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Shale gas guidelines stress subsidies, fee waivers

2013-10-31 10:29 China Daily Web Editor: qindexing

Only two Western oil majors are exploring for the fuel in the country, working with Chinese partners

The National Energy Administration announced new guidelines for shale gas on Wednesday that aim to increase output of the fuel and thus improve China's energy security.

The NEA's guidelines encourage local governments to subsidize shale gas producers based on output volume.

The government will also offer tax breaks, as well as exploration and mining rights free of administrative charges.

The agency said that China will implement a market-oriented pricing mechanism for shale gas.

Wang Xiaokun, an analyst covering natural gas at commodity consulting firm SCI International, said the guidelines represent a positive development.

But Wang added that it's unclear whether Chinese producers have the ability and technology to accelerate development.

"There will be no subsidy if they can't drill out gas," Wang said.

On the national level, the Ministry of Finance offers a subsidy of 0.4 yuan (7 US cents) per cubic meter of shale gas produced, effective from 2012 to 2015.

China National Petroleum Corp and China Petroleum and Chemical Corp are the only domestic companies with significant natural gas development experience and pipeline capacity.

"CNPC has achieved some progress in the exploration of shale gas in the Sichuan Basin, but it has been reluctant to prioritize shale gas because of a lack of technology and high costs," she said.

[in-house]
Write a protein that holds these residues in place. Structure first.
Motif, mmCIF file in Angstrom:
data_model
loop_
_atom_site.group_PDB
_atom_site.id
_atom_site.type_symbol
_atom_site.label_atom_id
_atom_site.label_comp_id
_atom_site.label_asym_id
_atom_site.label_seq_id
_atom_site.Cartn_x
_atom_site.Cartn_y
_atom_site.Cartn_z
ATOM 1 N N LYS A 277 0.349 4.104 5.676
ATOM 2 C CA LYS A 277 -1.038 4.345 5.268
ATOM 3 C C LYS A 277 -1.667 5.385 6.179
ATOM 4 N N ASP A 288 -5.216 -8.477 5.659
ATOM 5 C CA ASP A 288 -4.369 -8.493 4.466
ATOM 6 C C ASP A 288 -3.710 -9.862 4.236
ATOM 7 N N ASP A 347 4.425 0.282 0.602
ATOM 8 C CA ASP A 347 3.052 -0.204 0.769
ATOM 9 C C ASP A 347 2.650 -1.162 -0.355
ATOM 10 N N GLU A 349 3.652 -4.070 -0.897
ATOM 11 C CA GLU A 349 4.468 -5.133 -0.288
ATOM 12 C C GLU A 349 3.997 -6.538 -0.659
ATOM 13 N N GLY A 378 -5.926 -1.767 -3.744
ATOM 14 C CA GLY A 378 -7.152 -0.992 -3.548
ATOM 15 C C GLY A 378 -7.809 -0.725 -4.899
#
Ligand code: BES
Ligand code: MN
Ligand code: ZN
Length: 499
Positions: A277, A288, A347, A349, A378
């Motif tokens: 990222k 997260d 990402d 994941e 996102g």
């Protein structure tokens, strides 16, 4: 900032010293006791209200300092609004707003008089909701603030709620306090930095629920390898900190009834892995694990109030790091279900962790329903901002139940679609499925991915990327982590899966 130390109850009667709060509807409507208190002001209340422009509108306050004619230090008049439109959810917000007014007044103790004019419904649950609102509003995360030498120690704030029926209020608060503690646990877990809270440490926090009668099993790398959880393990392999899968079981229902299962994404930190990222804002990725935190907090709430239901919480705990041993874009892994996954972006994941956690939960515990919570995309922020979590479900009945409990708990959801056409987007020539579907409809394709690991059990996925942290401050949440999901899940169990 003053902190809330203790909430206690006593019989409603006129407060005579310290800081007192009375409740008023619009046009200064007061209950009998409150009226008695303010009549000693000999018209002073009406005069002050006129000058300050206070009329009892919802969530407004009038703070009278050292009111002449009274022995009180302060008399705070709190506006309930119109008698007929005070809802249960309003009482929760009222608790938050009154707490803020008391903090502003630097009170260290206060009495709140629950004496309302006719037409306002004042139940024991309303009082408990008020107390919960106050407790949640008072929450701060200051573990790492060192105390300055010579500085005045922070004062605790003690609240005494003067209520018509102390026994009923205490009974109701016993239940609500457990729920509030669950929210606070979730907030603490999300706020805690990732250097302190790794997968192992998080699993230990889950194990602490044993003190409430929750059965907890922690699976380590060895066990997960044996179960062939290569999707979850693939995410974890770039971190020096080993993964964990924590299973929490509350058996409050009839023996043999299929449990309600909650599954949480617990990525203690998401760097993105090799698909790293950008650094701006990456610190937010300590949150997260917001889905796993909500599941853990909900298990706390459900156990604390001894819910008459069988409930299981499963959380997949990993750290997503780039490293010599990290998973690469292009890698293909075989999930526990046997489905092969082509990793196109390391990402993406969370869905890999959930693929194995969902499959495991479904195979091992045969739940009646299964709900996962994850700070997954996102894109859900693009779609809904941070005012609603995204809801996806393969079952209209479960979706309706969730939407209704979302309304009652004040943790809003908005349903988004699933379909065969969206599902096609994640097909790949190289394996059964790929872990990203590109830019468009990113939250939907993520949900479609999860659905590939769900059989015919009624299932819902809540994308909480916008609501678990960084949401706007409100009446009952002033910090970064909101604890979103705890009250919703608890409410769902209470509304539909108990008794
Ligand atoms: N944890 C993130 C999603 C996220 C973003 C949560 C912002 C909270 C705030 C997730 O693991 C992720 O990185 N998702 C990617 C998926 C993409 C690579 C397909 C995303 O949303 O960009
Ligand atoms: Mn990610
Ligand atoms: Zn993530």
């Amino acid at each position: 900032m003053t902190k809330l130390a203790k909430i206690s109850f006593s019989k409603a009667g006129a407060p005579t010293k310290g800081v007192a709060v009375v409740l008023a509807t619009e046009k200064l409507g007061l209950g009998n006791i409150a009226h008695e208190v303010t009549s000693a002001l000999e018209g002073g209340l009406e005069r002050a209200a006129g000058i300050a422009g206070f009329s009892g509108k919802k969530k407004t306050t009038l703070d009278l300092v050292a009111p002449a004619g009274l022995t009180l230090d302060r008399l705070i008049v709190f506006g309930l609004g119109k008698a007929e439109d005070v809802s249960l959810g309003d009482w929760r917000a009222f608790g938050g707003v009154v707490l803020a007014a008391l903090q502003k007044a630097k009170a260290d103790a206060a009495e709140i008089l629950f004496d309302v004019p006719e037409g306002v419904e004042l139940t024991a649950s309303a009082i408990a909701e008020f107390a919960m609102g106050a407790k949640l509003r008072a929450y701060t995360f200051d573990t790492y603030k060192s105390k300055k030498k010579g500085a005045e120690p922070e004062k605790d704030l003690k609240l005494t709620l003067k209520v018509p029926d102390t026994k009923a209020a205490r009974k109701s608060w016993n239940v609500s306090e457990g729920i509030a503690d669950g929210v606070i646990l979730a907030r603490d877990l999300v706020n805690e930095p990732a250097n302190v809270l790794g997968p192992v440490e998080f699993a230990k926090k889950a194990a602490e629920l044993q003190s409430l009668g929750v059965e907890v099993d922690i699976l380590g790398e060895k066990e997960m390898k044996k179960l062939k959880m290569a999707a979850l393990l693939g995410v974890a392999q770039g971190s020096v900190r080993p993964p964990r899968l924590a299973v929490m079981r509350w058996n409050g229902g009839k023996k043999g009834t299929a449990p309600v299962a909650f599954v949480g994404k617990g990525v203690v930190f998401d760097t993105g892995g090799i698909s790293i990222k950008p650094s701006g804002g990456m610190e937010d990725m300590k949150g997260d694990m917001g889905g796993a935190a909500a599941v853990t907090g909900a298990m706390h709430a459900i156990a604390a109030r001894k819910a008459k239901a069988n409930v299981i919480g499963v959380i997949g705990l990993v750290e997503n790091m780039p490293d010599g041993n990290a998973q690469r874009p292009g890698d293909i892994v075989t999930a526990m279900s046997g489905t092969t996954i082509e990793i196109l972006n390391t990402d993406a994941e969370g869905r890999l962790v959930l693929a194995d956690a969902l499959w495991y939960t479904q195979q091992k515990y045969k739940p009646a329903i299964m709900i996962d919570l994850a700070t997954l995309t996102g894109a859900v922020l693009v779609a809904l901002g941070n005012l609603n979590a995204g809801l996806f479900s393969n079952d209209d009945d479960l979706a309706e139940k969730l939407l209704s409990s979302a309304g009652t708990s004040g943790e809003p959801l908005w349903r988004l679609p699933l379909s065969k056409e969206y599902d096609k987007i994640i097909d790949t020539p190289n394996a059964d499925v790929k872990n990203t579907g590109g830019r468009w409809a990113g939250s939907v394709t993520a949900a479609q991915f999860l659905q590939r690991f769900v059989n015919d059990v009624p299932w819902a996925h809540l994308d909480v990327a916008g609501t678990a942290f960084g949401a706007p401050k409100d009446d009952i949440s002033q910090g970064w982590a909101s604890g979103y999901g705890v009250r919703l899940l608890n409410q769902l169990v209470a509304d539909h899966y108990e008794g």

Only two Western oil majors - Royal Dutch Shell Plc and Chevron Corp - are exploring for shale gas in the country, working with Chinese partners.

"The next steps must involve measures to further improve technology standards ... and cooperation with foreign companies to attract investment and funding," Wang said.

Given the uncertain business prospects, most foreign investors are adopting a wait-and-see approach.

Gerald Morton, general counsel and vice-president of business development at United States-based Carrizo Oil & Gas, said that many foreign shale gas companies are being cautious, despite their readiness to invest in China's shale gas market.

"Regulations from the government are still unclear," he said. "We need to find a Chinese partner to tap into the market."

China's third auction for exploration rights for shale gas blocks is expected to open at the end of this year, at the earliest, with results to be released in 2014.

The scale will surpass the total of the previous two rounds, a source close to the National Development and Reform Commission said.

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